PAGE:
So, do the clothes make the man? I really don’t think so, but they do make you feel a certain way. I had a baseball coach in college that was adamant that we wear practice uniforms. We all wanted to shag flies in shorts and t-shorts and he had us just short of game ready every day. He would sit in the dugout with his too tight coaching shorts on and scream at us for “looking slack” or “not looking like a ball player.” “Look good, play good” was his mantra and he hammered away at it whenever he felt we hadn’t lived up to his standard—not just of play but of looking ready to play. Looking back on it, I think he wanted us to look like ball players because it made us feel like ball players, which hopefully translated into us playing like ball players. It didn’t always work but he was a pretty successful coach over a lot of years. I think he was on to something. How you look contributes to how you feel and gets you ready to be successful. I’ve talked a lot about mental preparation and the importance of visualization as a means of preparing yourself to be successful. For me, getting “dressed for success” is just a part of that process of getting in the mindset to be successful. Whether I have a big meeting or I’m just working in teams, I like to look ready to succeed.

Thanks as always for reading my blog, I hope you will join the conversation by commenting on this post.

If you liked this post, please consider subscribing to this blog and following me on twitter @jmillsapps. I regularly give talks via webinar and speak at events and other engagements. If you are interested in finding out where to see me next please look at the my events page on this blog. If you would interested in having me speak at your event please contact me at events@joshmillsapps.com.

If you are interested in consulting services please go to MB&A Online to learn more.

Immodium for the Mouth: Three questions to ask before you speak

Immodium for the mouth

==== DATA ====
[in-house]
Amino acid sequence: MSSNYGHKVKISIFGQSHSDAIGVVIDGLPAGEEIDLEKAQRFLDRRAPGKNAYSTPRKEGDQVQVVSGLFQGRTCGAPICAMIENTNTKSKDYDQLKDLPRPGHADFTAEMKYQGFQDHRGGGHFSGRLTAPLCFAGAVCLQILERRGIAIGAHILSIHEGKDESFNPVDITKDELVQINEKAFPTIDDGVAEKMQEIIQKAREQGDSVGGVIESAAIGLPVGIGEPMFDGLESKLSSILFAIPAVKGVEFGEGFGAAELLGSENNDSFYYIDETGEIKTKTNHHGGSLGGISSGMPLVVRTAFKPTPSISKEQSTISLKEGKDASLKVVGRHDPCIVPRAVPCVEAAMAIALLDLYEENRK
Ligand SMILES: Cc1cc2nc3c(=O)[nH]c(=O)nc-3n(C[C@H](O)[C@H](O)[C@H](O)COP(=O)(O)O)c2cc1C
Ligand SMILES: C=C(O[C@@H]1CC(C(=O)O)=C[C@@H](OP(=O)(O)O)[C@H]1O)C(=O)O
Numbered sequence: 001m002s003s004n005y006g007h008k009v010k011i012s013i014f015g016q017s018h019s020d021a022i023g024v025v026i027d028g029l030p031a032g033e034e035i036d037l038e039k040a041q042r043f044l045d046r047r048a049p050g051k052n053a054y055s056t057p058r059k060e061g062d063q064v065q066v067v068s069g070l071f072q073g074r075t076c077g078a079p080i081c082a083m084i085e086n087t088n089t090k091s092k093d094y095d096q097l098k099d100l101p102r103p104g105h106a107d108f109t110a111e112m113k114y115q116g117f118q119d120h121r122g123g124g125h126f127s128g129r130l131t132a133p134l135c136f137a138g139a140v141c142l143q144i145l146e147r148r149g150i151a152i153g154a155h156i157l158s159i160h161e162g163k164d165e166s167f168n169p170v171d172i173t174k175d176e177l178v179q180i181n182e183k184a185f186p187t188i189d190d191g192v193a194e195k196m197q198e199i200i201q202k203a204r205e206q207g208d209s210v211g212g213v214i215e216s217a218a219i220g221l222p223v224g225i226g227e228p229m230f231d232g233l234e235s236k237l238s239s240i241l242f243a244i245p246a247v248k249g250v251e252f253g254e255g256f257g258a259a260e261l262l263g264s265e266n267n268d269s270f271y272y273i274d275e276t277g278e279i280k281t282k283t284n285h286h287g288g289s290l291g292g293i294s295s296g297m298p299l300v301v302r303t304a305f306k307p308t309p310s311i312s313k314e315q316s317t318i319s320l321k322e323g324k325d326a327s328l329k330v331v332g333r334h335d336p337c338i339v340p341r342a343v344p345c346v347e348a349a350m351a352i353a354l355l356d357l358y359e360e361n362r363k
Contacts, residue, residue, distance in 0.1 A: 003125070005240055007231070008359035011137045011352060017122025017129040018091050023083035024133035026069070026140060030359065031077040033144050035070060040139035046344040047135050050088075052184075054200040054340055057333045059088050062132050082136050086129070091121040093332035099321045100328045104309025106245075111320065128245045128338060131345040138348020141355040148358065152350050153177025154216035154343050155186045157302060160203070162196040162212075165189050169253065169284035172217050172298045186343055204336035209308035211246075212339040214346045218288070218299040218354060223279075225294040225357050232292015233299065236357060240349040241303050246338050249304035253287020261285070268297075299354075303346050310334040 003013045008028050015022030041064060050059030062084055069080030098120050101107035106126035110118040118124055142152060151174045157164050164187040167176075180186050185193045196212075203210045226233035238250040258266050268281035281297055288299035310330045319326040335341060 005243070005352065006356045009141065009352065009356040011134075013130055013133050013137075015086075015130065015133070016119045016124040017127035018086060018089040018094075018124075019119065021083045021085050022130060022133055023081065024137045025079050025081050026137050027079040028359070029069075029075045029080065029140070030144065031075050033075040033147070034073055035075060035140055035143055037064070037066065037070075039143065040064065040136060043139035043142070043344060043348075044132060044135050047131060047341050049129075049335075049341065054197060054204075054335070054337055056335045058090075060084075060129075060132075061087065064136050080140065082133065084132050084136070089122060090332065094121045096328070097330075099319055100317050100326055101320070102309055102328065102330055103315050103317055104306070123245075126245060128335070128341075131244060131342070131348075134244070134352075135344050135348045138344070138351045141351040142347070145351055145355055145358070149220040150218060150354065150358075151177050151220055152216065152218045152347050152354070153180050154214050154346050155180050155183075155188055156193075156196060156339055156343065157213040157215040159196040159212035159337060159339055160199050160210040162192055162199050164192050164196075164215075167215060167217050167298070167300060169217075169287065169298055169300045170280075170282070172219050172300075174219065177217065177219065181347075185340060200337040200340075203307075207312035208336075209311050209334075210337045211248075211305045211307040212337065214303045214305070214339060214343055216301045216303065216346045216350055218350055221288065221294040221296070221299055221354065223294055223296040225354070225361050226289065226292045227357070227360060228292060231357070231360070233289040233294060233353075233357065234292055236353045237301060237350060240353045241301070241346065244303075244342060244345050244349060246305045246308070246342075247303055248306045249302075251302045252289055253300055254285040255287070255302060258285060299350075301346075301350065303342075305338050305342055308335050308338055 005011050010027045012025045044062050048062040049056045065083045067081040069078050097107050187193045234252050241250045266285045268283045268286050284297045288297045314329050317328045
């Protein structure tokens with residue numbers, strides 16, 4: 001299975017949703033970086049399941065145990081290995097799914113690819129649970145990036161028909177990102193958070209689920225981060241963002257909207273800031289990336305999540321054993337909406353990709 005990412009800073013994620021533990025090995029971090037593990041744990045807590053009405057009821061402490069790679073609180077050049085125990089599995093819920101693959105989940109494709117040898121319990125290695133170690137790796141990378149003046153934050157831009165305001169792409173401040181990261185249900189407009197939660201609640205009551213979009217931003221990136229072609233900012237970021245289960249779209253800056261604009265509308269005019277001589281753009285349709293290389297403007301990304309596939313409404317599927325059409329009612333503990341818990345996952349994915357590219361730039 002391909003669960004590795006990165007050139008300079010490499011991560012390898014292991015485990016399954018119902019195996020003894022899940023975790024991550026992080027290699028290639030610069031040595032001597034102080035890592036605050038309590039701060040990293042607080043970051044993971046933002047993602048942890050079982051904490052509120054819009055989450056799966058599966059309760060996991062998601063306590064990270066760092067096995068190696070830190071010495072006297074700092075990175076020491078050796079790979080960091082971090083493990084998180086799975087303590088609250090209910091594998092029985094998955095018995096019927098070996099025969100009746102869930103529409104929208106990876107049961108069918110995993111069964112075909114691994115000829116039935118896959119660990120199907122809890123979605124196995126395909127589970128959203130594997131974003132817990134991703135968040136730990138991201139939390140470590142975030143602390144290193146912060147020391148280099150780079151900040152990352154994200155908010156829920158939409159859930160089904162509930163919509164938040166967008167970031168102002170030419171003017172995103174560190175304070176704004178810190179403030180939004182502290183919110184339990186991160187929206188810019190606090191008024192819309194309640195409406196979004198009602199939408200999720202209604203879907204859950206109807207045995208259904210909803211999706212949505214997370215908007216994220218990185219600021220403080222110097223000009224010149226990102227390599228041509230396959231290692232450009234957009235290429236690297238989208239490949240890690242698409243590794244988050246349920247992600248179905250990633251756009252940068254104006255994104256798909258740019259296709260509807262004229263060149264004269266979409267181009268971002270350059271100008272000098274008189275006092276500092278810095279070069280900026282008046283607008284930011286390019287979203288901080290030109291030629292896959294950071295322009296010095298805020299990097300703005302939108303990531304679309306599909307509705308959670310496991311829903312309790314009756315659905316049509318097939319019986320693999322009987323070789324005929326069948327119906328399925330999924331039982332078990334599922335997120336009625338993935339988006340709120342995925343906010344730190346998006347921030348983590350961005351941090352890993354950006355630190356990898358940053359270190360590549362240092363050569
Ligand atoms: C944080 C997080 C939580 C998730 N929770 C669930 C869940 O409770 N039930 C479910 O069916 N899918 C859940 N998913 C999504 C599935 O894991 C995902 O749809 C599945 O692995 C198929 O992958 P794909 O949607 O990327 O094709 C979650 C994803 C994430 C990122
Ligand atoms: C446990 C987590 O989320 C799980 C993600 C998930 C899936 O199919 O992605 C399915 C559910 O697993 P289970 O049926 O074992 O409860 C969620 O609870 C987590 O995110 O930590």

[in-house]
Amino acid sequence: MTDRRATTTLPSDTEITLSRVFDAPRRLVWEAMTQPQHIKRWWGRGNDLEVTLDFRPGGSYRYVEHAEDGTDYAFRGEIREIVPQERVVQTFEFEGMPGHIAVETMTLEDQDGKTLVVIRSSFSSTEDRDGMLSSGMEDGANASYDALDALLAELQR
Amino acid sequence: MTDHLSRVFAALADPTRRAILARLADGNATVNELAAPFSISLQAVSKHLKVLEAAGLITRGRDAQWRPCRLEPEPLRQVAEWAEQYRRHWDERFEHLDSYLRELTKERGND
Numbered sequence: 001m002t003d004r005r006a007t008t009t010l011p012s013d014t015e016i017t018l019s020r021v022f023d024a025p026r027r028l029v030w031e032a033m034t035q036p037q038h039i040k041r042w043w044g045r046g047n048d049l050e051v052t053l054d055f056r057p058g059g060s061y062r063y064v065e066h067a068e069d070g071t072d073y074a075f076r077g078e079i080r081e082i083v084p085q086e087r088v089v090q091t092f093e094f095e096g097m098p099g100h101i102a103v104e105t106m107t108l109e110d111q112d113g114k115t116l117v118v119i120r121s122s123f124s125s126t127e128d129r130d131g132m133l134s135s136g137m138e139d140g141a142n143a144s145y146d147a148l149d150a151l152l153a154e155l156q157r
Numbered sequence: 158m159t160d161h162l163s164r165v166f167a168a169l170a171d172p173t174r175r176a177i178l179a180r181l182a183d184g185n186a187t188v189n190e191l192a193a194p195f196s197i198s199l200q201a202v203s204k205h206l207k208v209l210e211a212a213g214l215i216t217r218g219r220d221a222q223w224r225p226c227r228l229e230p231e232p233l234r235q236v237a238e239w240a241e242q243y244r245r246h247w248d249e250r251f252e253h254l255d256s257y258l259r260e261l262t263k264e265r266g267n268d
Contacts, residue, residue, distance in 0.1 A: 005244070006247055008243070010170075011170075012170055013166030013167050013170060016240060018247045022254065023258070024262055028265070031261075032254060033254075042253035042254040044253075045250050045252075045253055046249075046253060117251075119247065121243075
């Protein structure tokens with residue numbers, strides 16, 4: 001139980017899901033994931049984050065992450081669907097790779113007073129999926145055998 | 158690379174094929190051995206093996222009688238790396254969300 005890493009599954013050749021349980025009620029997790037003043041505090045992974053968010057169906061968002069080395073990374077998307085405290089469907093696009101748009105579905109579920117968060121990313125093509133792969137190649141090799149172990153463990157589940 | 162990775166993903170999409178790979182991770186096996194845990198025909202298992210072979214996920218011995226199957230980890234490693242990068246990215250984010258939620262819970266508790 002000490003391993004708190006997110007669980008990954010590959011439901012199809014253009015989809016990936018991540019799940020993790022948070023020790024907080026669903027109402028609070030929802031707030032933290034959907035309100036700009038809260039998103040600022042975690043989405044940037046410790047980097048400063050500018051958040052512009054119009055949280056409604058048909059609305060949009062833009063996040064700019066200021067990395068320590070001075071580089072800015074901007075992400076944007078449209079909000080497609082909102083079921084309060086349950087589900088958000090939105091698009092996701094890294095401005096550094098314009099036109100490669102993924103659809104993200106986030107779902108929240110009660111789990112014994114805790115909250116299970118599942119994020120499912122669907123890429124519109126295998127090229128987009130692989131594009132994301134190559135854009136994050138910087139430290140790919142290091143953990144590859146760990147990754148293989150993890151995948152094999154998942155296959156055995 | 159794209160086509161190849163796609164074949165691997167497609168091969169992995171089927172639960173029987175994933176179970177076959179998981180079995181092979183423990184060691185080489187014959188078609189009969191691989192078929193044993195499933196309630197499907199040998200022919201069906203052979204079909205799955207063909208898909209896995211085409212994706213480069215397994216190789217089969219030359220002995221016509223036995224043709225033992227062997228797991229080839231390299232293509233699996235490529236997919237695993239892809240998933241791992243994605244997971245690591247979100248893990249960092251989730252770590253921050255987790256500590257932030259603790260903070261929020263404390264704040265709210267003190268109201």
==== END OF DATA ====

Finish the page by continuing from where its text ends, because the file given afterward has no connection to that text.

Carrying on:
Blindly leading conversation can create awkward and sometimes painful blunders

There is nobody that loves to hear me talk more than me. I’d love to say it is the effect of years of working as a consultant, but the fact is that even as a kid I was a talker. In fact, one time I got off an airplane and when I met my mom at the gate the lady that had sat next to me came up to my mom and said, “I had a nice time speaking on the flight with your son, I think I know everything there is to know about your family.” As I’ve gotten older, I’ve learned to semi-control my tongue and listen and it has paid dividends. In fact, I now make a very conscious effort to let other people talk first whether it’s a chance meeting over coffee, casual conversation at a dinner party, or a business negotiation. In addition to being polite it also gives me a chance to gain situational awareness, understand the other person’s point of view, and gain the advantage of getting a bit better understanding of the person’s current emotional state before I start speaking. It turns out that a lot of people like to be the person doing the talking and by being a good listener you not only give yourself a chance to learn, you are also giving them a priceless gift—caring.

 It turns out that what many people want is to be listened to and to have their ideas valued. By listening to them you are showing that you respect them and their thoughts. This is an incredibly powerful thing that can really change the tenor of a relationship, particularly in the early stages. I think the following three things should be going through your mind before you rush to fill the next lull in a conversation:

  1. Is my foot headed for my mouth? I think most people have had the horrifying experience of sticking their foot directly into their mouth during a conversation. Whether it’s telling a the joke that really isn’t funny because their sister had that problem or just hitting a little too close to home, this can end a friendship before it begins or kill a business deal. Listening first gives you a chance to know what not to say.
  2. Do I fully understand the conversation? When you talk first, you are providing all of the information and feeding the other persons awareness at the expense of your own understanding. Sometimes there is an advantage to speaking first because it allows you to claim a particular position, but I have found more often then not that you get more from letting others speak first. It gives you a chance to add their understanding of the situation to your existing understanding of the situation, which hopefully puts you in the position of having an informational advantage.
  3. Am I missing a chance to learn? There is a great quote from the playwright Wilson Mizer who wrote The Deep Purple where he says “A good listener is not only popular everywhere, but after a while he gets to know something.” The simple fact is that it is hard to learn while flapping your gums. By taking time to listen you have time to learn.